With Spring Training approaching, it's time for an in-depth look at the Pirates' roster. This is the fifth part of a series checking in on their current and future options at each position. Next up: third base.Big question: What will Colin Moran do with this opportunity?Moran might be the most
With Spring Training approaching, it's time for an in-depth look at the Pirates' roster. This is the fifth part of a series checking in on their current and future options at each position. Next up: third base.
Big question: What will Colin Moran do with this opportunity?
Moran might be the most intriguing player the Pirates received for either Gerrit Cole or Andrew McCutchen. The sixth overall pick in the 2013 Draft was blocked by Astros third baseman Alex Bregman, but he's expected to start for the Bucs.
Moran made a number of adjustments to his left-handed swing last offseason, and the results were evident in his performance. But he is still a rookie with 16 Major League games to his name. Is he ready for an everyday role? Can he hit at a high level and provide the power the Pirates desperately need from their corner bats?
The starter: Moran
Moran, 25, put up a .308/.373/.543 line with a career-high 18 homers for Triple-A Fresno last season. He dramatically improved his fly-ball rate while maintaining a 9.2 percent walk rate and trimming his strikeout rate by 8 percent from 2016. As former Astros teammate Joe Musgrove said, Moran "looked like a completely different hitter."
Moran was off to a good start for the Astros last season before he fouled a ball off his face and sustained multiple fractures. He's had a healthy offseason, however, and he's excited the Pirates are giving him a chance to lock down the starting third-base job.
Backing up: David Freese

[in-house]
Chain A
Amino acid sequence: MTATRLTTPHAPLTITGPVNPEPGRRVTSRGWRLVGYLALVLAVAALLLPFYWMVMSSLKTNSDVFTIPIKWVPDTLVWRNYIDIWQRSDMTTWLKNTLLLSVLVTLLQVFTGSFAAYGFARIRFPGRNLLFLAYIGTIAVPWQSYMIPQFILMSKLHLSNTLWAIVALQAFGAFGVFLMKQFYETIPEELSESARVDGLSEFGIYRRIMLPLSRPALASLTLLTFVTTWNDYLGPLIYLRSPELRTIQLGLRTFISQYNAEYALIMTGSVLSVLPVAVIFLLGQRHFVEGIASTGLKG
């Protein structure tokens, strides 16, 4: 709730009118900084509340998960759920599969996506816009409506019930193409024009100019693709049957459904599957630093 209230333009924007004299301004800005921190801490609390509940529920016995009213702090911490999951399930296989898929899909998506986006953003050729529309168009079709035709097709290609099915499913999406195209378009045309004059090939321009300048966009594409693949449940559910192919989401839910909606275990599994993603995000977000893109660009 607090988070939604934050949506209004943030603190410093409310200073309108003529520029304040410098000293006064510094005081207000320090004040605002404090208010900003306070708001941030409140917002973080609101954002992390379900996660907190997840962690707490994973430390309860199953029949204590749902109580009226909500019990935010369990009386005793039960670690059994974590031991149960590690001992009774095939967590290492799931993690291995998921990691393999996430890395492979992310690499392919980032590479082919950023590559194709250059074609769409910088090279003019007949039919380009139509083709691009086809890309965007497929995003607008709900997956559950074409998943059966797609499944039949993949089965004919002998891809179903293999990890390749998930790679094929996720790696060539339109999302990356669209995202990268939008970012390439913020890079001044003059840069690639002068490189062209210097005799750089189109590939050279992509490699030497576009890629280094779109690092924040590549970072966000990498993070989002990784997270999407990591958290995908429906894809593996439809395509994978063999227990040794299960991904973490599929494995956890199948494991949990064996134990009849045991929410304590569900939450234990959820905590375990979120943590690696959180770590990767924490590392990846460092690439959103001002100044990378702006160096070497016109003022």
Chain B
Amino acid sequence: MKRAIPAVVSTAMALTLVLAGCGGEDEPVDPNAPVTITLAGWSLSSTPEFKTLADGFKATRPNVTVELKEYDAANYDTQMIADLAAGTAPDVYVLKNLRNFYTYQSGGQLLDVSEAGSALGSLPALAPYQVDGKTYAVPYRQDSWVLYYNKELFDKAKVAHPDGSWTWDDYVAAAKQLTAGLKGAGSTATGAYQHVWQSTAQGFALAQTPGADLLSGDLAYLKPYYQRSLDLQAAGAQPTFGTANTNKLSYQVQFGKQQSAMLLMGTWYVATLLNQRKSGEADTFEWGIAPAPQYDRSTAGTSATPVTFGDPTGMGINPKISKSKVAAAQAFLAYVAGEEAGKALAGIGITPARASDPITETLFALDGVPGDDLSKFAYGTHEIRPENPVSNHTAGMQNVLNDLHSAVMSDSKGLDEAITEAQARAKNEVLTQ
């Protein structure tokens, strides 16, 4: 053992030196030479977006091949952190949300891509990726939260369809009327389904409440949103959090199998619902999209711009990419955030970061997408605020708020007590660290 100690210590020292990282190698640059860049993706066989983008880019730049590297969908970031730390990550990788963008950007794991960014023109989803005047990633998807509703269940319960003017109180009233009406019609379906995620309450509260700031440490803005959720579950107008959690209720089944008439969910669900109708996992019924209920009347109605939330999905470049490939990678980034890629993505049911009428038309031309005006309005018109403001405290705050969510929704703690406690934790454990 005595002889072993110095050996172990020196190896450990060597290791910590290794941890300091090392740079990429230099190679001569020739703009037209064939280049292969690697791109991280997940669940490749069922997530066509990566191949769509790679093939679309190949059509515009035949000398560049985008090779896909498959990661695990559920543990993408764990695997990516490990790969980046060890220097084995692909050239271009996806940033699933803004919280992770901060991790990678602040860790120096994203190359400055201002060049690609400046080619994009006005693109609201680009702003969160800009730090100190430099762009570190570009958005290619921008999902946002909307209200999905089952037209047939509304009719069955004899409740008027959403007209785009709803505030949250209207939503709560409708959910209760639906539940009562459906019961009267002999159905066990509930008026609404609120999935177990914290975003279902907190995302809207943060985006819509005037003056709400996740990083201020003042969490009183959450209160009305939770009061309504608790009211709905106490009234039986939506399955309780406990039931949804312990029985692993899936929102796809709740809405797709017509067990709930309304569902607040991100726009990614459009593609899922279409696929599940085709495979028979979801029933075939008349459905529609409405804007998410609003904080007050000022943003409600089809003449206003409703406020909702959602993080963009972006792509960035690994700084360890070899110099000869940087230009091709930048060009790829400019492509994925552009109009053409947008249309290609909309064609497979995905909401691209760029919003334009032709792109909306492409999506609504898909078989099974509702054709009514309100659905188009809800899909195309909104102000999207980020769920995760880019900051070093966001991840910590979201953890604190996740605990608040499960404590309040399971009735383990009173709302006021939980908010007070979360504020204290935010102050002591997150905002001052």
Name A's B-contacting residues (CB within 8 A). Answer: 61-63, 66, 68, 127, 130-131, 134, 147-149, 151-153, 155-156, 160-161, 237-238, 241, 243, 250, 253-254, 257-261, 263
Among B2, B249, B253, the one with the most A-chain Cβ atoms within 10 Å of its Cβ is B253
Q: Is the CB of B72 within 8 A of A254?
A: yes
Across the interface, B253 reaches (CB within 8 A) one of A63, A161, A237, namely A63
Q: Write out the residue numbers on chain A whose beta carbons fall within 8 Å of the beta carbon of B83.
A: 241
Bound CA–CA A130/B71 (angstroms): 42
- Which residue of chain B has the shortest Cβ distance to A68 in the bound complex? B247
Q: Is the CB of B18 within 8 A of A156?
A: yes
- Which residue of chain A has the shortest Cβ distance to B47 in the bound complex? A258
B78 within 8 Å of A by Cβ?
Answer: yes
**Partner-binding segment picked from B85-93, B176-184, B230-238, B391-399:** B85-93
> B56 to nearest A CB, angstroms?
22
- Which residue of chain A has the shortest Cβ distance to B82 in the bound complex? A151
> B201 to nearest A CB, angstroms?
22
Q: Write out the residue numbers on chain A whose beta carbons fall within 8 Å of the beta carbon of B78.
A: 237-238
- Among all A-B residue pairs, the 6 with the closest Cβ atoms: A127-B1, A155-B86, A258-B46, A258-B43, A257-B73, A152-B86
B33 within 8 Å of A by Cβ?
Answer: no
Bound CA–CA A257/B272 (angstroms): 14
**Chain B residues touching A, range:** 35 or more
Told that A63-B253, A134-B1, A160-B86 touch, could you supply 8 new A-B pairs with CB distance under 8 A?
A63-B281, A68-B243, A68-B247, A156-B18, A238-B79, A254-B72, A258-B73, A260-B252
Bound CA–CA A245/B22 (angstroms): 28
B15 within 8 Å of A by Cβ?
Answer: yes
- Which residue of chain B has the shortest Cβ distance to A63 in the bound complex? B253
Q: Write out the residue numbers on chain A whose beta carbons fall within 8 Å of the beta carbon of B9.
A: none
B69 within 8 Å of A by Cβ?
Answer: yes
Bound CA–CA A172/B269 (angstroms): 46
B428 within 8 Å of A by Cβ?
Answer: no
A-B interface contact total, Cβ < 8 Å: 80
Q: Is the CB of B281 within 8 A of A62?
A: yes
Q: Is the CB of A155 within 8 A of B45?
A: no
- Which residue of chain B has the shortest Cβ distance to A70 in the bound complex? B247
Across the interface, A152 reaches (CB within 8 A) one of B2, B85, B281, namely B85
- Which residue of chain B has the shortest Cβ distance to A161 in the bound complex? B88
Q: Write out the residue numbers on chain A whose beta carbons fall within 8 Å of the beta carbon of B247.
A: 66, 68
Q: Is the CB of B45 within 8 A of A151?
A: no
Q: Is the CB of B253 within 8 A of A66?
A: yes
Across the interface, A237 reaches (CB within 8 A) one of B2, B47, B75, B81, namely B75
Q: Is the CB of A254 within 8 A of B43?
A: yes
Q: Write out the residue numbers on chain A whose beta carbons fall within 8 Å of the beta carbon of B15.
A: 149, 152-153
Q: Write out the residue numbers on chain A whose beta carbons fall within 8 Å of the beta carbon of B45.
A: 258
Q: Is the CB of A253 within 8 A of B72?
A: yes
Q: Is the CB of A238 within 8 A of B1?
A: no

The way the past two seasons have gone, Freese is probably waiting to see what thrusts him into everyday duty again this season. Freese accumulated 995 plate appearances over 271 games in 2016-17 due to the various injuries and absences of Jungho Kang, who remains on the restricted list without a work visa.
Freese owns an exactly-league-average 100 OPS+ as a Pirate, led the team in on-base percentage last season and finished as a 2017 Gold Glove Award finalist. But the 34-year-old admitted last year he'll be more productive if he's not playing every day, and manager Clint Hurdle agreed.
Ideally, Freese will start against particularly tough left-handers, work at first base on Josh Bell's rare days off and serve as a right-handed bat off the bench. The Pirates have additional depth in Sean Rodriguez, Max Moroff and Josh Harrison (if he's not traded or playing second).
Depth: Jose Osuna, Eric Wood, Erich Weiss
Osuna worked at third last season and played there during winter ball in Venezuela. Hurdle was encouraged by the early reports about Osuna's defense, so the young slugger could be a backup option if he cracks the Major League roster. Wood, primarily a third baseman, and Weiss, who has more experience at second, will return to Triple-A after another turn in big league Spring Training.
In the pipeline: Ke'Bryan Hayes, who finished just outside MLB Pipeline's list of Top 100 Prospects, posted a .278/.345/.363 line for Class A Advanced Bradenton last season and should play this year at Double-A Altoona.
Hayes should be an above-average defender, which might give him an edge over Moran. He has not hit for much power, with eight homers in 231 professional games, but it's possible that will come with age and experience as he only turned 21 last Sunday.
Oneil Cruz, the Pirates' main return for Tony Watson, slashed just .237/.297/.350 with a paltry .828 fielding percentage at third base in Class A last season. But he's only 19, and his 6-foot-6 frame gives him significant power potential if he puts it all together.
Adam Berry has covered the Pirates for MLB.com since 2015. Follow him on Twitter and Facebook and read his blog.